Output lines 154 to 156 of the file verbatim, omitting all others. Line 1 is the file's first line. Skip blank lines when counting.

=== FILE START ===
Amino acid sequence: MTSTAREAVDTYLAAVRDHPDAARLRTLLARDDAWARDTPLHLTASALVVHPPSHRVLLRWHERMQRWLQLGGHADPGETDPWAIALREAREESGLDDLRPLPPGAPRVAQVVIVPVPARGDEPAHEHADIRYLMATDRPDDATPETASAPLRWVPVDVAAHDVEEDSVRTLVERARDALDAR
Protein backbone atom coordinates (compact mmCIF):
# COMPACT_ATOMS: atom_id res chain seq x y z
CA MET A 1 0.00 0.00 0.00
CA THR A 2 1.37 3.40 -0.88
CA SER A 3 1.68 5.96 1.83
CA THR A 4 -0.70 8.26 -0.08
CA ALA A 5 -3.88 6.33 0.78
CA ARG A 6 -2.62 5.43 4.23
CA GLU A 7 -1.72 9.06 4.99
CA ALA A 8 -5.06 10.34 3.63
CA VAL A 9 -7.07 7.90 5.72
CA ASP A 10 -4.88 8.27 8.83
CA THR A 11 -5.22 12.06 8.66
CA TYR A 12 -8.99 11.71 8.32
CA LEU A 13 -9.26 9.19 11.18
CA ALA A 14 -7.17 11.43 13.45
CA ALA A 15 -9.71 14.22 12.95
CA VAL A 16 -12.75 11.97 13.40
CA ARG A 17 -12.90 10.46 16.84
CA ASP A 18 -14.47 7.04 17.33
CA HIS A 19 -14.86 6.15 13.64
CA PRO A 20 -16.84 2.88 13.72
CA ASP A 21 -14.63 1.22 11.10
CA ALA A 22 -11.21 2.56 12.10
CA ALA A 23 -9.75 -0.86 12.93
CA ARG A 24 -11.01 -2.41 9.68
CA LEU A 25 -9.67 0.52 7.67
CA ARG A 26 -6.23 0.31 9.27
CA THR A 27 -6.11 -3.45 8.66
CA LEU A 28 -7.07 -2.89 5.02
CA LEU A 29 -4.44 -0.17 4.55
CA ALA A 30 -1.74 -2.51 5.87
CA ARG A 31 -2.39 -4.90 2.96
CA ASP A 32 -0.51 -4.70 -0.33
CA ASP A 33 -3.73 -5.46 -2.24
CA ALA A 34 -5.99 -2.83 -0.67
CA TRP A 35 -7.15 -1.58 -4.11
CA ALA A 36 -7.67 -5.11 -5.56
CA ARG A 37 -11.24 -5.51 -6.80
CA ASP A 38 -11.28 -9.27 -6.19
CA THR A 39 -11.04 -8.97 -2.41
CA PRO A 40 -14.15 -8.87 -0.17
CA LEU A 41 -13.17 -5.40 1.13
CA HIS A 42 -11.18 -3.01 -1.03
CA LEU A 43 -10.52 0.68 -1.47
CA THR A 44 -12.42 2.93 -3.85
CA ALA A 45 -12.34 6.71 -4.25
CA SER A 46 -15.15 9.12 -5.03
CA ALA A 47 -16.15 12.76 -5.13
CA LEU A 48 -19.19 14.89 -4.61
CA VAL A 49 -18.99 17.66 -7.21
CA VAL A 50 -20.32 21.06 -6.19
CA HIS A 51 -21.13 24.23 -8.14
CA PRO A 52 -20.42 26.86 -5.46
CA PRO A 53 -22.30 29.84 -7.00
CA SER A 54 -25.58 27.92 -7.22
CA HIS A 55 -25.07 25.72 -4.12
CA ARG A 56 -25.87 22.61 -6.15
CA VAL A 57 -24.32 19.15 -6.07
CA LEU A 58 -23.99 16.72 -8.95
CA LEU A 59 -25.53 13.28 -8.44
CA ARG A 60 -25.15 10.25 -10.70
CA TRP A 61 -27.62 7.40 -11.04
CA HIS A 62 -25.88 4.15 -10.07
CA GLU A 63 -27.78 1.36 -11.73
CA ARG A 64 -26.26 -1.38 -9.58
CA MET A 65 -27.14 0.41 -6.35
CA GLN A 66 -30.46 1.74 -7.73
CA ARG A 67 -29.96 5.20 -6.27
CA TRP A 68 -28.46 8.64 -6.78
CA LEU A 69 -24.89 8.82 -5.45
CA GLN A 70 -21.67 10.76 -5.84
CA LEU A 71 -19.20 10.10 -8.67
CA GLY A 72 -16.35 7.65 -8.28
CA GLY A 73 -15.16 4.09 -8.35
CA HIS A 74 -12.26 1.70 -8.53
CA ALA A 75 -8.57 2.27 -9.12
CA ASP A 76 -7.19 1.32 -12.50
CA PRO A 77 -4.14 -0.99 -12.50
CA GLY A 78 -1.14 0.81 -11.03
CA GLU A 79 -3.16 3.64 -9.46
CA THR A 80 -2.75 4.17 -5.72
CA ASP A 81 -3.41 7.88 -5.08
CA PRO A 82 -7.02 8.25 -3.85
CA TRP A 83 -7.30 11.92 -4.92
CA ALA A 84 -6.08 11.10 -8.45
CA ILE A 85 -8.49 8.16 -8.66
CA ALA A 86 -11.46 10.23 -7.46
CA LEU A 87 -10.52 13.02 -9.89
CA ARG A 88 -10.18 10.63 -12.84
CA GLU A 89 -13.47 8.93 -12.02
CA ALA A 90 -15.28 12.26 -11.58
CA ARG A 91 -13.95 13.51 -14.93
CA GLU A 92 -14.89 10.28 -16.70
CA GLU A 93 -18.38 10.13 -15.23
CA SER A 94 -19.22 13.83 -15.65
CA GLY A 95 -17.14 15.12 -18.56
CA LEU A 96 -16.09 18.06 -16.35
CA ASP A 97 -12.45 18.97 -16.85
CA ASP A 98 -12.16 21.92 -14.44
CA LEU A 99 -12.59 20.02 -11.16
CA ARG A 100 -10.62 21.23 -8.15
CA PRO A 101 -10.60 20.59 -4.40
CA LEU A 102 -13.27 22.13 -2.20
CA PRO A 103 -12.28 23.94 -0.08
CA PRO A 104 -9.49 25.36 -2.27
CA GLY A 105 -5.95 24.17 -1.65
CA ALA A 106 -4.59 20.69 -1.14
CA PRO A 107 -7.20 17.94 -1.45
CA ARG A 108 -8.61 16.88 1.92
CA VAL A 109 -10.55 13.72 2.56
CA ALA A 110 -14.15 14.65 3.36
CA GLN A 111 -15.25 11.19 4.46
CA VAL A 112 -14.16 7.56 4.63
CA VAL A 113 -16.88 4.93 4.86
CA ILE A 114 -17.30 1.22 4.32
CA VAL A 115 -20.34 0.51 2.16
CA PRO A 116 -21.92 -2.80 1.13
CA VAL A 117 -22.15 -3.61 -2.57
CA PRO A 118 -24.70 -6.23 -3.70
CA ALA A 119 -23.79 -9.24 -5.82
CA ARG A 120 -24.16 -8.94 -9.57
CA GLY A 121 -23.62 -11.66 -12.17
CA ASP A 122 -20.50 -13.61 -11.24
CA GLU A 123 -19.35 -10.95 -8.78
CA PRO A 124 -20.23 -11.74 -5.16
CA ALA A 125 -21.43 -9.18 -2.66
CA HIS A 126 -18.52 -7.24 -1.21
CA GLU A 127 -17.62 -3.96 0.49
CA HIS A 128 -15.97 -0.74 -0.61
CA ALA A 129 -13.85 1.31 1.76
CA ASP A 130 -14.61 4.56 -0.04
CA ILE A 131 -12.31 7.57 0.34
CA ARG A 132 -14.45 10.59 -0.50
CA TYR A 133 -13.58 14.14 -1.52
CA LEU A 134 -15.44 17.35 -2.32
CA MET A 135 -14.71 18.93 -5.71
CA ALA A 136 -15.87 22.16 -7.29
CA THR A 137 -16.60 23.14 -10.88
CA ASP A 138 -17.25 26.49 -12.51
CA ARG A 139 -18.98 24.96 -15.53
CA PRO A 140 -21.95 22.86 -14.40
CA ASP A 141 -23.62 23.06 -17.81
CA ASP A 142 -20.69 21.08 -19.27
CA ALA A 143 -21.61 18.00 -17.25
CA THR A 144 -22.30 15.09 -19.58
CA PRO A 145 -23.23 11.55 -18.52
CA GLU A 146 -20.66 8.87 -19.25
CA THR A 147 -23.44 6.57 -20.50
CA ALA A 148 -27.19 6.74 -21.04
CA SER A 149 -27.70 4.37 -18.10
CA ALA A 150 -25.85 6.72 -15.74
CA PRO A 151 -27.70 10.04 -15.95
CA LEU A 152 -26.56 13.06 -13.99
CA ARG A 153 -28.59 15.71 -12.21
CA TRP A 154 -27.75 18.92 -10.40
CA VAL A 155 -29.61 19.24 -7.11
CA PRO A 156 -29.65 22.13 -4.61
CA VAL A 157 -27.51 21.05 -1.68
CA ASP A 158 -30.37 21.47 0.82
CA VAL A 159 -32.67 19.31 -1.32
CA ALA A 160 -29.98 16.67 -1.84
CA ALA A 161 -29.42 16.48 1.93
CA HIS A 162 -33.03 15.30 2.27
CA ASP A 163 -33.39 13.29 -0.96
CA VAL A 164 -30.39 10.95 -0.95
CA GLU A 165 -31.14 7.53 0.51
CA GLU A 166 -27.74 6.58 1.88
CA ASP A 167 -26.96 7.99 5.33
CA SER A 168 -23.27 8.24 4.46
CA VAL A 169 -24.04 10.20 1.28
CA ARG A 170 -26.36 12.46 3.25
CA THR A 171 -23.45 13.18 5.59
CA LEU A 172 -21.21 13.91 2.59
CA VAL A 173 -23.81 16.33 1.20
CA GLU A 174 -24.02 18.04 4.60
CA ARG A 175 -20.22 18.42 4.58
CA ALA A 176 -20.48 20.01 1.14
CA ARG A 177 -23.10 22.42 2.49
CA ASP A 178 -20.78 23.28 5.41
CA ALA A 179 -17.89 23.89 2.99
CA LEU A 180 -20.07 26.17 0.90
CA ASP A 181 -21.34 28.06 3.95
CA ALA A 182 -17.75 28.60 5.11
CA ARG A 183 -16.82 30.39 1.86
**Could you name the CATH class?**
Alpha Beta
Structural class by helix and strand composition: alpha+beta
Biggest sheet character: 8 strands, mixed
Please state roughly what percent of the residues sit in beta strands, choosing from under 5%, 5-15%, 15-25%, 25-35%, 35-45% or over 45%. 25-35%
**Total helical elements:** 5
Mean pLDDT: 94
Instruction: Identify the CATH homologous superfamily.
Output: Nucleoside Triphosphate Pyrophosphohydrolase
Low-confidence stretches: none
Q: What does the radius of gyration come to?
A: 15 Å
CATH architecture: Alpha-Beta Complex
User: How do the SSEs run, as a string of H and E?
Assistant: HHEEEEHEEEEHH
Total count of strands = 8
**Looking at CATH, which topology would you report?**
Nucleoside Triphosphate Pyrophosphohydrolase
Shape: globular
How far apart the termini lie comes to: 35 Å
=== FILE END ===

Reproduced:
CA PRO A 151 -27.70 10.04 -15.95
CA LEU A 152 -26.56 13.06 -13.99
CA ARG A 153 -28.59 15.71 -12.21